alexa Inflammatory responses in the cerebral cortex after ischemia in the P7 neonatal Rat.


Journal of Clinical & Cellular Immunology

Author(s): Benjelloun N, Renolleau S, Represa A, BenAri Y, CharriautMarlangue C

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Abstract BACKGROUND AND PURPOSE: The contribution of inflammatory response to the pathogenesis of ischemic lesions in the neonate is still uncertain. This study described the chronological sequence of inflammatory changes that follow cerebral ischemia with reperfusion in the neonatal P7 rat. METHODS: P7 rats underwent left middle cerebral artery electrocoagulation associated with 1-hour left common carotid artery occlusion. The spatiotemporal pattern of cellular responses was characterized immunocytochemically with the use of antibodies against rat endogenous immunoglobulins to visualize the area of the breakdown of the blood-brain barrier. Infiltration of neutrophils and T lymphocytes was demonstrated by antibodies against myeloperoxidase and a pan-T cell marker, respectively. Antibodies ED1 and OX-42 were applied to identify microglial cells and macrophages. The response of astrocytes was shown with antibodies against glial fibrillary acidic protein. Cell survival was assessed by Bcl-2 expression. Cell death was demonstrated by DNA fragmentation with the use of the terminal deoxynucleotidyl transferase-mediated dUTP biotin nick end labeling (TUNEL) assay and Bax immunodetection. RESULTS: Endogenous immunoglobulin extravasation through the blood-brain barrier occurred at 2 hours of recirculation and persisted until 1 month after ischemia. Neutrophil infiltration began at 24 hours and peaked at 72 to 96 hours (30+/-3.4 neutrophils per 0.3 mm(2); P<0.0001), then disappeared at 14 days after ischemia. T cells were observed between 24 and 96 hours of reperfusion. Resident microglia-macrophages exhibited morphological remnants and expressed the cell death inhibitor Bcl-2 at 24 hours of recirculation. They became numerous within the next 48 hours and peaked at 7 days after ischemia. Phenotypic changes of resident astrocytes were apparent at 24 hours, and they proliferated between 48 hours and 7 days after ischemia. Progressively inflammatory cells showed DNA fragmentation and the cell death activator Bax expression. Cell elimination continued until there was a complete disappearance of the frontoparietal cortex. CONCLUSIONS: These data demonstrate that perinatal ischemia with reperfusion triggers acute inflammatory responses with granulocytic cell infiltration, which may be involved in accelerating the destructive processes.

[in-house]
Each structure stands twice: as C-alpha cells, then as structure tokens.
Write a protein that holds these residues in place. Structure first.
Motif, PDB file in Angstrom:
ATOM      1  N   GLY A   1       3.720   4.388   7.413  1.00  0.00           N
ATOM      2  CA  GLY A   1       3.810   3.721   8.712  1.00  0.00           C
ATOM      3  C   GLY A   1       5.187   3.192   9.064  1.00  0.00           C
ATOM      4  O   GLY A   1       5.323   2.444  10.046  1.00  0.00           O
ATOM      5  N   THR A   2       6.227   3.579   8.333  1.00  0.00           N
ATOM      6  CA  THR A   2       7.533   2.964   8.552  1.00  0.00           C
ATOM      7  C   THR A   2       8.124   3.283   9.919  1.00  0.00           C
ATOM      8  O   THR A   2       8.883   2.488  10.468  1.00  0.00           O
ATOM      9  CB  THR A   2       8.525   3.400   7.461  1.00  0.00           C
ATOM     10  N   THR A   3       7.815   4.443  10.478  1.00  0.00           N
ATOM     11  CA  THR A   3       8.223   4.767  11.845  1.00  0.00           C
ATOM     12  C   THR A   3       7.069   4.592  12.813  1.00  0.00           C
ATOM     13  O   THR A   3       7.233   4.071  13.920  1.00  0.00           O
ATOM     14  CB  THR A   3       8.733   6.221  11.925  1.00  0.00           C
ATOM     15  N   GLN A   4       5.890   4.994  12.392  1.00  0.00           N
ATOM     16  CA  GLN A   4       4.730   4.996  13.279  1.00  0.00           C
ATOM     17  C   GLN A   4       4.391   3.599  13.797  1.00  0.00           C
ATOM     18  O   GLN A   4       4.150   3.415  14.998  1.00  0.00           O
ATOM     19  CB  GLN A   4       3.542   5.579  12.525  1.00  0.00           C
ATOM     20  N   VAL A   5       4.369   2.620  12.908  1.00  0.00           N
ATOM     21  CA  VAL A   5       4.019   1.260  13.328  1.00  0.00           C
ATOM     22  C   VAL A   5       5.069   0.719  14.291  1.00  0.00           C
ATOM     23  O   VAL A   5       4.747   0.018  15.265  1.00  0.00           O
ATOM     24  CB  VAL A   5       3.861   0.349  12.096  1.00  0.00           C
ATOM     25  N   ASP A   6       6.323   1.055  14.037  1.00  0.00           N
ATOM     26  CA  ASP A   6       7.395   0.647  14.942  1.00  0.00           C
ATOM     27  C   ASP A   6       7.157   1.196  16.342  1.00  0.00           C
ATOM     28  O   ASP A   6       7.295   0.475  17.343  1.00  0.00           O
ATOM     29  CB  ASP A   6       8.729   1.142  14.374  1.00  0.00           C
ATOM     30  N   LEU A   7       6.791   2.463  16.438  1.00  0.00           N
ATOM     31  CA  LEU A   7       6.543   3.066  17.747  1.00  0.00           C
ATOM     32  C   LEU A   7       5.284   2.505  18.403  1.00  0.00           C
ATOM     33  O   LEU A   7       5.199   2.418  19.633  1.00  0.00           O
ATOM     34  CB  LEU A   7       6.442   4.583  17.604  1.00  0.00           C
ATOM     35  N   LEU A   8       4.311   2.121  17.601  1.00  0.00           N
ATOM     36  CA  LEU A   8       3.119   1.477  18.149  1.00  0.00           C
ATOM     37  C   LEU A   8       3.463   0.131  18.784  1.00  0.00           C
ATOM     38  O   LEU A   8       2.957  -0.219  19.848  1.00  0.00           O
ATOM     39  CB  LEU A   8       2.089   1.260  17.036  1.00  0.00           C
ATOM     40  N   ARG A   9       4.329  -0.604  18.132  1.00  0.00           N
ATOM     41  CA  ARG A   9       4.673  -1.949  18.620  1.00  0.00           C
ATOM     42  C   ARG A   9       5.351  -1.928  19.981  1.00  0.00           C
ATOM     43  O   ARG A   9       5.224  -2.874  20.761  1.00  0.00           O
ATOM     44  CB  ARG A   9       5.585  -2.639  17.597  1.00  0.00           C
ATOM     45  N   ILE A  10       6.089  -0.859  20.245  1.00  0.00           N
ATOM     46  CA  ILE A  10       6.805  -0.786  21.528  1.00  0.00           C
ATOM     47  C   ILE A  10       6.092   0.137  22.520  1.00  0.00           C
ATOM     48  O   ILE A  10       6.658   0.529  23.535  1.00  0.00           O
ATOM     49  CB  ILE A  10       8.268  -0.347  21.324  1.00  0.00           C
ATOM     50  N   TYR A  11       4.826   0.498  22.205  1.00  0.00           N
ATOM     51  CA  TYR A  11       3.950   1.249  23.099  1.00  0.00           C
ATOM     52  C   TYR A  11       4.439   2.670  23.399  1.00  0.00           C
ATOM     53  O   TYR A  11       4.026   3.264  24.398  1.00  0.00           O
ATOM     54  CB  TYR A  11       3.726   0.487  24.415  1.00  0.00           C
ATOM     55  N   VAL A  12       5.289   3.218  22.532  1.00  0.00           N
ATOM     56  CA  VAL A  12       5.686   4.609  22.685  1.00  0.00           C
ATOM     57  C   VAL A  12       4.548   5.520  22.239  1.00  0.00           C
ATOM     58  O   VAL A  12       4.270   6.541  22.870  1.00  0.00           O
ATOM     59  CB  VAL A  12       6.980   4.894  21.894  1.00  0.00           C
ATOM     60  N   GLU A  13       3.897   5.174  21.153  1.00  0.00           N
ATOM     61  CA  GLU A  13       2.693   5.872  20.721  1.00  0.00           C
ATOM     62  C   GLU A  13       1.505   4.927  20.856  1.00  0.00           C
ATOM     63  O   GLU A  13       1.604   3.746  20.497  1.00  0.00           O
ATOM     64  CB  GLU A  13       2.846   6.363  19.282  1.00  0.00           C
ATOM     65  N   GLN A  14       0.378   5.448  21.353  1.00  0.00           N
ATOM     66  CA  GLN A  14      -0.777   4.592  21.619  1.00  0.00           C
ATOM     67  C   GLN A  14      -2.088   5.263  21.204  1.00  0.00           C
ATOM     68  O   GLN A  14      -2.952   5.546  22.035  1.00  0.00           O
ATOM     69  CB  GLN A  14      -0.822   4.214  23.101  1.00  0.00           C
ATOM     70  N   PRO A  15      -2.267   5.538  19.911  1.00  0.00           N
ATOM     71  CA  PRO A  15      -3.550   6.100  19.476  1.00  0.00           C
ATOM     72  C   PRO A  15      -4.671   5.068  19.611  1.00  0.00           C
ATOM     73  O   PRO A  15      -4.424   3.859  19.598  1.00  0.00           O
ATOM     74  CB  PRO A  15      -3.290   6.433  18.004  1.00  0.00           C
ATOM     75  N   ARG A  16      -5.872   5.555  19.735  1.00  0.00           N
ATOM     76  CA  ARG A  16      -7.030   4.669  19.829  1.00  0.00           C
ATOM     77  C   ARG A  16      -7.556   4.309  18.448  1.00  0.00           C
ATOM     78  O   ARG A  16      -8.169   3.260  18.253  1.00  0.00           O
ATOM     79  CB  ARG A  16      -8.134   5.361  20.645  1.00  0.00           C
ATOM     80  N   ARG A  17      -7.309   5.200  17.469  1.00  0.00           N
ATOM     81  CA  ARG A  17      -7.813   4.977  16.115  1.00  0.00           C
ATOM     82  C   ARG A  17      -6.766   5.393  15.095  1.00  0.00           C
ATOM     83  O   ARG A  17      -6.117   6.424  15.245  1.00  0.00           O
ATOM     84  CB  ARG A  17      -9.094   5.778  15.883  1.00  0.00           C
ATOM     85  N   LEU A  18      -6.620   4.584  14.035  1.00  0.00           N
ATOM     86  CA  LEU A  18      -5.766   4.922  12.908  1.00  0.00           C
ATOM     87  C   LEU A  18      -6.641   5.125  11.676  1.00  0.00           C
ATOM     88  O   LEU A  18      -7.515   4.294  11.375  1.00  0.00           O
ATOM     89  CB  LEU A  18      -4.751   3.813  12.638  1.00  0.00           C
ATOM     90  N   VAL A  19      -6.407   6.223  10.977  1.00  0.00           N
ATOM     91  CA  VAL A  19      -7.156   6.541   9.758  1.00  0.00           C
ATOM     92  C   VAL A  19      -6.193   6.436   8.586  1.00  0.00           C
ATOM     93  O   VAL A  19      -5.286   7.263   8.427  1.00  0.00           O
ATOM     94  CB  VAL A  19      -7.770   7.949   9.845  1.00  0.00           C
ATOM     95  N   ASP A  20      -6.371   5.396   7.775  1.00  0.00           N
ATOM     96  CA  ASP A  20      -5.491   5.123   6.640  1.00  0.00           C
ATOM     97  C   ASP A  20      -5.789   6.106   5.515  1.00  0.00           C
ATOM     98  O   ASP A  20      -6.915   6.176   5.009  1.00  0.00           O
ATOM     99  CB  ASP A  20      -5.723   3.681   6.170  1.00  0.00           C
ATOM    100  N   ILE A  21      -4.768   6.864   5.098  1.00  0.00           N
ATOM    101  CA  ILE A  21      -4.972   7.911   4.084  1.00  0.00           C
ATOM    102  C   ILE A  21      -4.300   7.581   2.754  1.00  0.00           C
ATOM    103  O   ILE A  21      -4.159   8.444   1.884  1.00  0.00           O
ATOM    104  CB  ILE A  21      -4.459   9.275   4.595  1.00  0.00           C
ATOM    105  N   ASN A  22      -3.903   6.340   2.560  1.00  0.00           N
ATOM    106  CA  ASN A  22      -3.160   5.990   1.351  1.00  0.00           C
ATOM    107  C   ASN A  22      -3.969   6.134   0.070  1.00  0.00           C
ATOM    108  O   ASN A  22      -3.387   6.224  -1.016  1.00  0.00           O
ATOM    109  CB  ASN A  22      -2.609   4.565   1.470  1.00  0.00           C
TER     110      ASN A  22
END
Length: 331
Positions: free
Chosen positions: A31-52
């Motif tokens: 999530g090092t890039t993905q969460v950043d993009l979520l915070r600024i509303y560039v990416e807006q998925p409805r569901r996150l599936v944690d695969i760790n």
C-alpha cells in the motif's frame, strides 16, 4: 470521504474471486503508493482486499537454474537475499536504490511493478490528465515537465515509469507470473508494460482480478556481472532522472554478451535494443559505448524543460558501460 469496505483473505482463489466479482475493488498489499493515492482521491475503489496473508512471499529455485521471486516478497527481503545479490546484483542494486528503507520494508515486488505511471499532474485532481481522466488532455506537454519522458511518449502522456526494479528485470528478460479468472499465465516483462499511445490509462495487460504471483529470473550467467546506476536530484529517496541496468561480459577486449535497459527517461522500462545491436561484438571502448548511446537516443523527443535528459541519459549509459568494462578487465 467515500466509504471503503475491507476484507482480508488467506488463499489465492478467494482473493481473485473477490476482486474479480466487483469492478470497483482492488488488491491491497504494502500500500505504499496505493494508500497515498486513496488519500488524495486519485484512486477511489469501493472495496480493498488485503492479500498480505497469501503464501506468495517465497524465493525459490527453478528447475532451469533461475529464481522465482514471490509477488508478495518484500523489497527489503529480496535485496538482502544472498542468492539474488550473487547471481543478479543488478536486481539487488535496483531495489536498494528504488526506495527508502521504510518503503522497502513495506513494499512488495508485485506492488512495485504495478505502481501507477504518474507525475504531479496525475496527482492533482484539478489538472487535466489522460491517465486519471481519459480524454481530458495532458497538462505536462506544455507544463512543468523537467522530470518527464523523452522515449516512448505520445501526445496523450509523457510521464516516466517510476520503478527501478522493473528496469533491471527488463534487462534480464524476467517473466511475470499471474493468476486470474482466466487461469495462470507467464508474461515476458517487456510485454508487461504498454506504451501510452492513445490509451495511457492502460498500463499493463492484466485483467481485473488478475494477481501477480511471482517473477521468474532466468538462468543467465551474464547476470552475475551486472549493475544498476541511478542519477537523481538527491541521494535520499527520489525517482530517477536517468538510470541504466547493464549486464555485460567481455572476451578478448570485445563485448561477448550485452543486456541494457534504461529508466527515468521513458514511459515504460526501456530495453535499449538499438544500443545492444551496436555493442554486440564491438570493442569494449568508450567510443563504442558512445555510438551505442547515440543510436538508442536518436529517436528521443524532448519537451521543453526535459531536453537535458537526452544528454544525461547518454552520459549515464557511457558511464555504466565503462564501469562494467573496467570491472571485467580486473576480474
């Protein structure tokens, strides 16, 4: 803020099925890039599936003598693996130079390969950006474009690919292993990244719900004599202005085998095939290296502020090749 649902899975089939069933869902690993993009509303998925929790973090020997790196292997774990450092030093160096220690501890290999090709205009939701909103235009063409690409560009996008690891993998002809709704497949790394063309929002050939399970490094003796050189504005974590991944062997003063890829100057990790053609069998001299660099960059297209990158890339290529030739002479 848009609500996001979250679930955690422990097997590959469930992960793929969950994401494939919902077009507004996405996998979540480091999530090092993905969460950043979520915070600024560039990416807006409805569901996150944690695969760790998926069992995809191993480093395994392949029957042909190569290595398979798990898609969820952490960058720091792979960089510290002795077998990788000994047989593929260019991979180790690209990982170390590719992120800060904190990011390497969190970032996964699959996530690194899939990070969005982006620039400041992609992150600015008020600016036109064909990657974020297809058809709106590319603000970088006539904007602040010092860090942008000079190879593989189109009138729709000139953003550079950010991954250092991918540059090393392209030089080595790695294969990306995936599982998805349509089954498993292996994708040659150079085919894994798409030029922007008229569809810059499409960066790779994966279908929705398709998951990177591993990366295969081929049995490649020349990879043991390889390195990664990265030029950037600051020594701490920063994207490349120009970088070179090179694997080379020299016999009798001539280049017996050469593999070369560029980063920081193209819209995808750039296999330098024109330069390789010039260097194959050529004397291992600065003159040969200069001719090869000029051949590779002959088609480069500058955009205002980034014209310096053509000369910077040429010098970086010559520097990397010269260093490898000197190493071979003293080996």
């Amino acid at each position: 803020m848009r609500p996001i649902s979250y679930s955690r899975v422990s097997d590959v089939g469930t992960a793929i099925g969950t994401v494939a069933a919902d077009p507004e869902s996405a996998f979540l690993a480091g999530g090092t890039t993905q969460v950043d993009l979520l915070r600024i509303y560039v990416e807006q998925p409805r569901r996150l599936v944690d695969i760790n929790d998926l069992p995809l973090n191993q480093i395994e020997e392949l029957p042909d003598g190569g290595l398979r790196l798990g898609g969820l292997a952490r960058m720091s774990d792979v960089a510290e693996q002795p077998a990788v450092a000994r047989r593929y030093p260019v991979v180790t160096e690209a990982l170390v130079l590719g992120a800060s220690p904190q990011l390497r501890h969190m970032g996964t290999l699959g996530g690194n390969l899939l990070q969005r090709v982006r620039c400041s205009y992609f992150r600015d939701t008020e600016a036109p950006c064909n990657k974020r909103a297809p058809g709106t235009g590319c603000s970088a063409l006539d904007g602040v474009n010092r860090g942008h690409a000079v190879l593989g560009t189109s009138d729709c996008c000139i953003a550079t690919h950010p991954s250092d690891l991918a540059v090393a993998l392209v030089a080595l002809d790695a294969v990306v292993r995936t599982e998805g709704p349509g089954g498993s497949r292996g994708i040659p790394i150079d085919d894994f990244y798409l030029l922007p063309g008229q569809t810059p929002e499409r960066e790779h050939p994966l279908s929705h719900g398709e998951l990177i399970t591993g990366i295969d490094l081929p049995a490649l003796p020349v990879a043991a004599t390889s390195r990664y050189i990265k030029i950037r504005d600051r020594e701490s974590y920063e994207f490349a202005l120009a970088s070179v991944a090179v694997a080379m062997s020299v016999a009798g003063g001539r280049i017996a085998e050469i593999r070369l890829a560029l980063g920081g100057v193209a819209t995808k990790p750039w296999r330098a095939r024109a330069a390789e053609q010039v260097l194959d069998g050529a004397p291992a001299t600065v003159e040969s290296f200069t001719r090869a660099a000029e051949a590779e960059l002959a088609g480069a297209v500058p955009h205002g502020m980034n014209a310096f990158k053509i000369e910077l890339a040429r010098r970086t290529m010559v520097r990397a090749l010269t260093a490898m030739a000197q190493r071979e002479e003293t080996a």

This article was published in Stroke and referenced in Journal of Clinical & Cellular Immunology

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